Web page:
Citing ‘Strong Institutional Interest,’ Sotheby’s Halted Its Sale of a Rare Copy of the U.S. Constitution Just Hours Before the Auction

The sale was postponed to “provide interested institutional parties with additional time to pursue fundraising efforts,” according to a Sotheby’s spokesperson.

The Official Edition of the Constitution, which was set to be sold at Sotheby's New York on December 13 before the auction house unexpectedly called off the event. Image courtesy of Sotheby's.

This week, Sotheby’s unexpectedly halted its auction of an original copy of the U.S. Constitution.

Anticipation for the dedicated event had been high as the document was scheduled to arrive on the block one year after a decentralized autonomous organization (DAO) helped push another printing of the document to a headline-making, $43 million sale at the same auction house. 

But hours before bids were set to be collected on December 13, Sotheby’s called off the event, citing institutional interest in the manuscript. 

“The sale of the Official Edition of the Constitution has been postponed, following consultation with the consignor, to provide interested institutional parties with additional time to pursue fundraising efforts for a possible acquisition,” a spokesperson for the auction house explained in a statement shared with Artnet News.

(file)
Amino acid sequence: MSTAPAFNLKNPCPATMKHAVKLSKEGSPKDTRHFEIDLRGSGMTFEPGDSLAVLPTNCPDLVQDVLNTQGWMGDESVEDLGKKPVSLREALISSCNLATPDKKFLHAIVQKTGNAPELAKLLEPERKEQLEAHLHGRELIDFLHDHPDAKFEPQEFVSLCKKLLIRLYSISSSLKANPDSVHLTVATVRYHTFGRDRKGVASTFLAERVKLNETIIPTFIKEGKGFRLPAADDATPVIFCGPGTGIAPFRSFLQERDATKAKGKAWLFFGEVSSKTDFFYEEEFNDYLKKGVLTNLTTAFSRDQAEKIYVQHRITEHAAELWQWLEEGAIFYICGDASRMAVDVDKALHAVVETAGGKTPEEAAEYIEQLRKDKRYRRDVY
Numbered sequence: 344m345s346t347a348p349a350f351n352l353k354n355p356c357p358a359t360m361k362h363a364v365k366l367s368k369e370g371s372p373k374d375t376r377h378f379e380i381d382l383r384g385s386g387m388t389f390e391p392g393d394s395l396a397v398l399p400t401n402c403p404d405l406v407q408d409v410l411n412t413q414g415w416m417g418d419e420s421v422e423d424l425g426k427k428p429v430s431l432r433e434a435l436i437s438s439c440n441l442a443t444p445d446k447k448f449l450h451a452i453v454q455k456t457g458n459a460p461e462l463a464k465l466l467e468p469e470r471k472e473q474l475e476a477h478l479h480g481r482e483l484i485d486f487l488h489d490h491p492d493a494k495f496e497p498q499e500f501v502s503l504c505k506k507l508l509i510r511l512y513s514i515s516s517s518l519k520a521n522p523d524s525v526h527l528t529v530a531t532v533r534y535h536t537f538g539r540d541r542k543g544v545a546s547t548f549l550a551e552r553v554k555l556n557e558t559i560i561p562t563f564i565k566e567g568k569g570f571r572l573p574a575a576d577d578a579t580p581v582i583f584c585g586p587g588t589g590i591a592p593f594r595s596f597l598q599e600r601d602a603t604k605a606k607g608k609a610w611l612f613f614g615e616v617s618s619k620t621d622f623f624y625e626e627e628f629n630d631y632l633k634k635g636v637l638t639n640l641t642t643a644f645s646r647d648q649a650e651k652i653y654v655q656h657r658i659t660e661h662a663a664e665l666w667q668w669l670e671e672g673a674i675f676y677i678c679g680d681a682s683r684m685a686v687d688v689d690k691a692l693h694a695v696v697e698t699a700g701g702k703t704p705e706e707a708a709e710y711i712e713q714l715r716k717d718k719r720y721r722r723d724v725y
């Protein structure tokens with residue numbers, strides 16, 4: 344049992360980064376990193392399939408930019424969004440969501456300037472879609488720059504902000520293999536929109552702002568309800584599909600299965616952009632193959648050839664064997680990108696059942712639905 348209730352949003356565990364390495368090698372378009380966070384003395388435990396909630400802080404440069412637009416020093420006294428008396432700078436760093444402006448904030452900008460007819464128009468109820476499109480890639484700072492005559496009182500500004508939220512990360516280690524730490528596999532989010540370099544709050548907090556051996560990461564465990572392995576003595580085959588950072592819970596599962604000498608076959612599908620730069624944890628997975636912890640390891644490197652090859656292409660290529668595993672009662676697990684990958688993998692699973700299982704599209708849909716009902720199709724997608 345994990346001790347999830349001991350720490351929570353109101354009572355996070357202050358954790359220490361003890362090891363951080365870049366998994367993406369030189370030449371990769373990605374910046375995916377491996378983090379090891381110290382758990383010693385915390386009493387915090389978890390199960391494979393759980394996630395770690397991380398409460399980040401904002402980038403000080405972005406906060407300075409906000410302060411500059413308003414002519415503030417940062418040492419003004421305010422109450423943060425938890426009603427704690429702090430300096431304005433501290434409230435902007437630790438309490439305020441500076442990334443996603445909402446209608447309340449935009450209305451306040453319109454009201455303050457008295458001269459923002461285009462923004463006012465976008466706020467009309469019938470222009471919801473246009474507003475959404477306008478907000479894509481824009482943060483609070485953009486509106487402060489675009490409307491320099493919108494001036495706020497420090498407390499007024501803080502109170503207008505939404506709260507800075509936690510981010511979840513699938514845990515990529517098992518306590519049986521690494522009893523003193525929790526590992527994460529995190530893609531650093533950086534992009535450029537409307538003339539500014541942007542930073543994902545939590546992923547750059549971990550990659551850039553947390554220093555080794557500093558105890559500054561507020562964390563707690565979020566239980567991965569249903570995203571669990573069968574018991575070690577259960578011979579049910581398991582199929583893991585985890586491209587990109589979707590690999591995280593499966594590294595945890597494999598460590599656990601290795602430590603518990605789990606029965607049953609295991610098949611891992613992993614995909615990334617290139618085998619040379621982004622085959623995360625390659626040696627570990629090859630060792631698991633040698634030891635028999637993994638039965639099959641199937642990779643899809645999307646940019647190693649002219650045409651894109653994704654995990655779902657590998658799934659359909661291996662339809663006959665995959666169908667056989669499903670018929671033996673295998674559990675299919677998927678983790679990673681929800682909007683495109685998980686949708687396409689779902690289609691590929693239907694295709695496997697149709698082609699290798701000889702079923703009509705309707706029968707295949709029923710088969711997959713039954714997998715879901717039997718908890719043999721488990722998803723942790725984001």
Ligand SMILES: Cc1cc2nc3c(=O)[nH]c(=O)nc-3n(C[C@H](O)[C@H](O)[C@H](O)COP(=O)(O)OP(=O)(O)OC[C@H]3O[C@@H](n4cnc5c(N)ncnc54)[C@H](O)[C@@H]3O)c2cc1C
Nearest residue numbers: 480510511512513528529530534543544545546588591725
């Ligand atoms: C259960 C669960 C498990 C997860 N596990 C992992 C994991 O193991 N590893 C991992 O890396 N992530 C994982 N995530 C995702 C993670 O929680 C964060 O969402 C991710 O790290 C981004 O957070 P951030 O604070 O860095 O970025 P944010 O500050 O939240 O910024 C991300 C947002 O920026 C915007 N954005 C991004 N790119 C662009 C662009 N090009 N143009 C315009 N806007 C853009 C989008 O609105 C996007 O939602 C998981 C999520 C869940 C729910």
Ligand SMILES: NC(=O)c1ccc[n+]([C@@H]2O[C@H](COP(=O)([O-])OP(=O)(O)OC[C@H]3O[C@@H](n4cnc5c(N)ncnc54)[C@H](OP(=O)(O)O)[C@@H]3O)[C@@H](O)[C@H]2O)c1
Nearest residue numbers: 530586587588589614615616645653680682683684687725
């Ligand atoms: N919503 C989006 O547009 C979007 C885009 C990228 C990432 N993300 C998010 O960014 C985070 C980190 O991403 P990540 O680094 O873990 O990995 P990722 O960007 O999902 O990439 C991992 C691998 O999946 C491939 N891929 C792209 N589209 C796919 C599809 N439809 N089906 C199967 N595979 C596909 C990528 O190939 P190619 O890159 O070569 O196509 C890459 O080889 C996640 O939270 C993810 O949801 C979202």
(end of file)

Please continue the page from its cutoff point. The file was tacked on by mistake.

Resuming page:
“Given the historical significance and importance of the Constitution…it is fitting the sale has attracted strong institutional interest,” the representative went on, noting that a “sale update will be communicated in due time.”


The document, called the “Adrian Van Sinderen Constitution” after its longtime owner, was one of 500 copies printed in 1787 by John Dunlap and David Claypoole. Today, just 13 original iterations are known to exist, and of those, only two remain in private hands.

This particular version of the Constitution has not come to auction since 1894. At Sotheby’s, it carried a pre-sale estimate of $20 million to $30 million—a record figure for a historic manuscript.

Leading up to last year’s sale of the “Goldman Constitution”—the other original copy in a private collection—some 17,000 people joined together in an online crowdfunding campaign to purchase the document so that it could be put on public display. The group, ConstitutionDAO, ultimately raised $46 million worth of ETH cryptocurrency for the sale, but could only afford to bid $40 million if it hoped to have enough funds left over to preserve the manuscript.

After a back-and-forth bidding war, ConstitutionDAO was out-wagered by the hedge fund billionaire and founder of Citadel, Kenneth Griffin, who took home the object at a price of $43 million. 

Another group of crypto crowd-funders, called ConstitutionDAO2, formed in advance of this month’s would-be sale with the idea of capitalizing on a second chance at acquiring a copy of the historic document. By the day of the planned event, the collective had raised $313,000 worth of crypto. Three members were sent to Sotheby’s to bid. 

Following the postponement, the group announced on Twitter that it has “paused fundraising so we can discuss next steps as a community.”

One of those steps may involve the DAO pivoting to target another copy of the Constitution, according to ARTnews. A historic documents dealer named Seth Kaller presented the group with an opportunity to purchase a version of the manuscript that came from the same printing press that produced the Adrian Van Sinderen copy.

ConstitutionDAO2 will likely put the prospect to a community-wide vote. 


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